Behaviors Associated with Auditory Processing Disorders

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Behaviors Associated with Auditory Processing Disorders

There are many behaviors associated with Auditory Processing Disorders and individuals can have ANY combination of them.

If you see some of the following behaviors in your child, you may want to explore the possibility of an Auditory Processing Disorder and contact a professional with this specialization.

In the area of communication, you might see difficulty understanding in noisy environments, often needing information repeated, or difficulty following multi-step directions.

Linguistically, you might see weak receptive and expressive language, difficulty with phonics, or problems rhyming.

Academically, you might see difficulty learning a foreign language, problems reading or spelling, or difficulty with note-taking.

Behaviorally, you might see distraction or confusion and poor social communication skills.

Watch other videos in this Psych in 60 series to learn more about Auditory Processing Disorders and leave your questions in the comments below!

Click here for more content by Barrie Morganstein, Ph.D.!

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Barrie Morganstein, Ph.D.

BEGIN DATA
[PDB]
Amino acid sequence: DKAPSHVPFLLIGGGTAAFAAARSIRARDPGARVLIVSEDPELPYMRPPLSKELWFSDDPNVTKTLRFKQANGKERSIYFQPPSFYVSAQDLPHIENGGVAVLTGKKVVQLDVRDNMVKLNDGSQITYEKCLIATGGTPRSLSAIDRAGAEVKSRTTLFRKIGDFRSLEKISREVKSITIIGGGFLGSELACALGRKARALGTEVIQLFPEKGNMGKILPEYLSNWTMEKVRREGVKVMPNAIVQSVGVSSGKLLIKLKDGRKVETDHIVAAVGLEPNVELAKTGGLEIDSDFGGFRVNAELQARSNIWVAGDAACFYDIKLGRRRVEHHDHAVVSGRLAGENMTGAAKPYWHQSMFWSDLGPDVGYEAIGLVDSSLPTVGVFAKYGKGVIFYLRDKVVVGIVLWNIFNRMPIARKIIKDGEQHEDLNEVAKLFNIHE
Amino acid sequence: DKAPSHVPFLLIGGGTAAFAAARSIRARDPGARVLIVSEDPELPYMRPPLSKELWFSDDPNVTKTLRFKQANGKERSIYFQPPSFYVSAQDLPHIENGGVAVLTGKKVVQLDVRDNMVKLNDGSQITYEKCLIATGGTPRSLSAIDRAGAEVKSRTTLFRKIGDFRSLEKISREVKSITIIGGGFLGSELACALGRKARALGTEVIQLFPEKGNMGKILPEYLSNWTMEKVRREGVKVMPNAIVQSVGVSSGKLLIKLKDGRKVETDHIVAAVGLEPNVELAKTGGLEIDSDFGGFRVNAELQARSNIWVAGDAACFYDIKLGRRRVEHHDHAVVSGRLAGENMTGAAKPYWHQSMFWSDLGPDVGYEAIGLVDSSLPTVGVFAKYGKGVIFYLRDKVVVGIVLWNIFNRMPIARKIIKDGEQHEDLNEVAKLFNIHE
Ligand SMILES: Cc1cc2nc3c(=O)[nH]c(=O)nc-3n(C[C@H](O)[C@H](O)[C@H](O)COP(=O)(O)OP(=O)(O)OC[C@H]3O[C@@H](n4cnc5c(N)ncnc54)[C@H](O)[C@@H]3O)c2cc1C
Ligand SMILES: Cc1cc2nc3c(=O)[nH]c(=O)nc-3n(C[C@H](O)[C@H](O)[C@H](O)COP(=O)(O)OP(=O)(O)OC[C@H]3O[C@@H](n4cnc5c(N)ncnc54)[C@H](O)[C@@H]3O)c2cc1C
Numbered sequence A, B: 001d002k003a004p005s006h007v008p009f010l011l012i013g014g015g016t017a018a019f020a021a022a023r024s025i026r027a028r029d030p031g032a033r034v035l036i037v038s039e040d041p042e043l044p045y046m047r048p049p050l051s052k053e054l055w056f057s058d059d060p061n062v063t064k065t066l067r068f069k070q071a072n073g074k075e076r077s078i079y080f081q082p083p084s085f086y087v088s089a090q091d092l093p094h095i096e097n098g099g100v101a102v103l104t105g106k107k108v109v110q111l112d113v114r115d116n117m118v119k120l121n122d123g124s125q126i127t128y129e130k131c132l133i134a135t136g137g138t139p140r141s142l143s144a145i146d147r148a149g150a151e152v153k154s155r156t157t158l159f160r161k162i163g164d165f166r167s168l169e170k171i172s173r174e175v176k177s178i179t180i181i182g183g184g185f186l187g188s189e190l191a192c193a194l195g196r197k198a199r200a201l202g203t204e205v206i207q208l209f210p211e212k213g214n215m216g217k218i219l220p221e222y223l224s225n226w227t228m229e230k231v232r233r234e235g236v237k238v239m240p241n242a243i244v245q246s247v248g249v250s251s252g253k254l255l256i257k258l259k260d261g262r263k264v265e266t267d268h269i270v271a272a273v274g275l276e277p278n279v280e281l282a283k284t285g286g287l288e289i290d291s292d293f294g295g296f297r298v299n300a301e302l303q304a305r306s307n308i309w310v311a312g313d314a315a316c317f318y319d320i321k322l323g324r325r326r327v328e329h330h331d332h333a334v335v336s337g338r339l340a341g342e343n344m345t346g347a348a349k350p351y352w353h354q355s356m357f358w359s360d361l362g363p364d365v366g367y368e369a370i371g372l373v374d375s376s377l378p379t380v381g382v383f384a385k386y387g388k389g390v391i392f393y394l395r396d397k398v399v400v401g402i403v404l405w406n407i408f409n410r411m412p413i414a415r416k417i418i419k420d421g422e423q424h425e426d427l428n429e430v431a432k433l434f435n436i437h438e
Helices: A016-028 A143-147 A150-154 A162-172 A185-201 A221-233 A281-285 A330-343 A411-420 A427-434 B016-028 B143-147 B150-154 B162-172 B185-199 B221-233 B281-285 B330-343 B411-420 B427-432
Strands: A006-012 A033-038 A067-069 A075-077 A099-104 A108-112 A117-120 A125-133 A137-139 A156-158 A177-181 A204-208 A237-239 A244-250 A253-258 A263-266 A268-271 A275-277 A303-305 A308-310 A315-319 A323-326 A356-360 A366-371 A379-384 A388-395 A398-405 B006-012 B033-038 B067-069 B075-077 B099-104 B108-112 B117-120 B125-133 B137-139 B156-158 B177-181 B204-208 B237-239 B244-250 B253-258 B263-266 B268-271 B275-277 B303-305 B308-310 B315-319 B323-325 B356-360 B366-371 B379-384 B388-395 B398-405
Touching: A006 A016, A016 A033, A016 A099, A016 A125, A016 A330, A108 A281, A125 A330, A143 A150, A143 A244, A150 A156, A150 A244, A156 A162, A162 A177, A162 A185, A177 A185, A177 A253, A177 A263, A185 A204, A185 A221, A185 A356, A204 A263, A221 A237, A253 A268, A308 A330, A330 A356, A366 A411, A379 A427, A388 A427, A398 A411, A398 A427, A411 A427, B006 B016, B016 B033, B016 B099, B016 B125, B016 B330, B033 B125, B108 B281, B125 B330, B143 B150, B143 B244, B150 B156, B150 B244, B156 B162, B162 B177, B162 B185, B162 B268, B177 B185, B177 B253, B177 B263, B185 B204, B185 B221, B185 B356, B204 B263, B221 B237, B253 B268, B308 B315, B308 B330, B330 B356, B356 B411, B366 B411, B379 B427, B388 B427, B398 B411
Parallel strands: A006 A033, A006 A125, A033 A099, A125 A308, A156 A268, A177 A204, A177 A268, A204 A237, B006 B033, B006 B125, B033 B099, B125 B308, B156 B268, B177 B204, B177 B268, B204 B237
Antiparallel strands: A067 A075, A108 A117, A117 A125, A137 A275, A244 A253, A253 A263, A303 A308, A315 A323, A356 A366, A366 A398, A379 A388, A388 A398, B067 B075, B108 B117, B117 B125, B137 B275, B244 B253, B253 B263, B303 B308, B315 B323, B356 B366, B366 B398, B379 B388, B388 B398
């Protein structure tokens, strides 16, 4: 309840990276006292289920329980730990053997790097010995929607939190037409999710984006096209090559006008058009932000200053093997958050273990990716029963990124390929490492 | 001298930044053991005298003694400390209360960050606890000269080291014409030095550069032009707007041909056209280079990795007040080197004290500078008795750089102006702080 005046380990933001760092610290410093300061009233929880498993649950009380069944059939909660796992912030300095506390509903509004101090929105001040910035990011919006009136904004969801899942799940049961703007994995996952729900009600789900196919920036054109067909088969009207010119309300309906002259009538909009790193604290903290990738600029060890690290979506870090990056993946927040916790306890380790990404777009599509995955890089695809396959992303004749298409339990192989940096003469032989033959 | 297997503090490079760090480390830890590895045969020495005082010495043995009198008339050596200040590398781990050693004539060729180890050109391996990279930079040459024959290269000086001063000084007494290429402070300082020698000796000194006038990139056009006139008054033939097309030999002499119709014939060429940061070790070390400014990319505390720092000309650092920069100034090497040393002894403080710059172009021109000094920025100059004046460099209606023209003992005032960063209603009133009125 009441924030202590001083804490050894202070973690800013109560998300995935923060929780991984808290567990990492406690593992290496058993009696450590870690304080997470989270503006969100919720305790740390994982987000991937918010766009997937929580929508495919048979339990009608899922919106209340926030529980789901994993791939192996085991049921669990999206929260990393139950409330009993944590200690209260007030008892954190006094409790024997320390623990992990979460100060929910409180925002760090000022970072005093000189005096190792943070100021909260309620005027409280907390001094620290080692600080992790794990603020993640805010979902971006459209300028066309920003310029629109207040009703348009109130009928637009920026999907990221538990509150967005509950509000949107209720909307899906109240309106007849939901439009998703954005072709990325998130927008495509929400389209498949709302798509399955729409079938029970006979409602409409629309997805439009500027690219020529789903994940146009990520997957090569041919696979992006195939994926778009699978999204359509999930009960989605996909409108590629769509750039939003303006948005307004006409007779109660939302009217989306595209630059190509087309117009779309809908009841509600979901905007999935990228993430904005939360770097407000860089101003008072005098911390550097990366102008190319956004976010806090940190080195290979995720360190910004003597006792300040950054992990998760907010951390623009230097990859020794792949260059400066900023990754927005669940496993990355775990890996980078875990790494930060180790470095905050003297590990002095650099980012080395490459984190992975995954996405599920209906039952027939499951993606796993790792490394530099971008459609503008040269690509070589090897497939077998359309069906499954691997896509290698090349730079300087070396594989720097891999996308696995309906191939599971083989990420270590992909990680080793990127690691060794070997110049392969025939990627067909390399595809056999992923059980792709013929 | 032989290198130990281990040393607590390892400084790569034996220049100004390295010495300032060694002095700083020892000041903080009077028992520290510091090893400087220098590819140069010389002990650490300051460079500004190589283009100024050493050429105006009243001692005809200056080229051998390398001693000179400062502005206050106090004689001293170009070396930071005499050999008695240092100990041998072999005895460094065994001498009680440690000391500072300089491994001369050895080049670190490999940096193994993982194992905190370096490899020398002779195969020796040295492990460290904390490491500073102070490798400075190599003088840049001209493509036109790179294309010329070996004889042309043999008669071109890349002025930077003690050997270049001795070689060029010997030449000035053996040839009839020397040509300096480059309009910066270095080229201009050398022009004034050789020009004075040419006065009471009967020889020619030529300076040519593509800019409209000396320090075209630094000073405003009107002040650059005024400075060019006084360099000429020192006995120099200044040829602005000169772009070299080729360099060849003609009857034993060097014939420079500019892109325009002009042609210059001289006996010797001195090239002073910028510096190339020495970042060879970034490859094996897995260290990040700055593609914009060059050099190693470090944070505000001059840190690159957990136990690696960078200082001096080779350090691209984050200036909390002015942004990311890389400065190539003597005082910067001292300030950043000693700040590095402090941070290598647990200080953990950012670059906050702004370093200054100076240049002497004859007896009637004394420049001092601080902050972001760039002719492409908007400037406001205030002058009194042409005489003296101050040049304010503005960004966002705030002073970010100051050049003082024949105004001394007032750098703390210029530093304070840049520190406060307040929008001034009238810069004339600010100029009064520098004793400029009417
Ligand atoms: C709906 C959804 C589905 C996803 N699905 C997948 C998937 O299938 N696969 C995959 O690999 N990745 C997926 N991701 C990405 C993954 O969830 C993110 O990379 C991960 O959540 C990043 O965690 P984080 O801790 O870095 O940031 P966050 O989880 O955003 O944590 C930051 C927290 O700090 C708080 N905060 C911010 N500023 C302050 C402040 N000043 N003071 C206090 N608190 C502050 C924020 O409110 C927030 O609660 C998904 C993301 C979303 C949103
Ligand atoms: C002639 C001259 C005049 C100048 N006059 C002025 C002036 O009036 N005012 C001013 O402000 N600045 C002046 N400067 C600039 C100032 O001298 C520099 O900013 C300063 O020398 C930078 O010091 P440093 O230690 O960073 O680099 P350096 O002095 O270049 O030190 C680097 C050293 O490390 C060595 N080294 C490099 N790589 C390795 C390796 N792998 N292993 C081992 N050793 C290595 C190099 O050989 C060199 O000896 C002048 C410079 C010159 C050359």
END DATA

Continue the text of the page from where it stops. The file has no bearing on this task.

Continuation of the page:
Dr. Morganstein works with clients of all ages by providing individual therapy, family therapy, and psychological assessment. In her therapeutic work, she specializes in Parenting, Behavioral & Emotional issues in Children, Auditory & Other Sensory Processing Disorders, ADHD Coaching, Self-Esteem & Identity, and Motherhood Issues such as Post-partum Depression & Anxiety. Dr. Morganstein regularly conducts psychoeducational and neurodevelopmental assessments for individuals of all ages and specializes in Auditory Processing Disorders, ADHD, and Learning Disabilities. She is an expert in working with Deaf & Hard-of-Hearing clients conducting both therapy and psychological assessments; she is fluent in American Sign Language (ASL), but adapts to a wide variety of communication needs and preferences.

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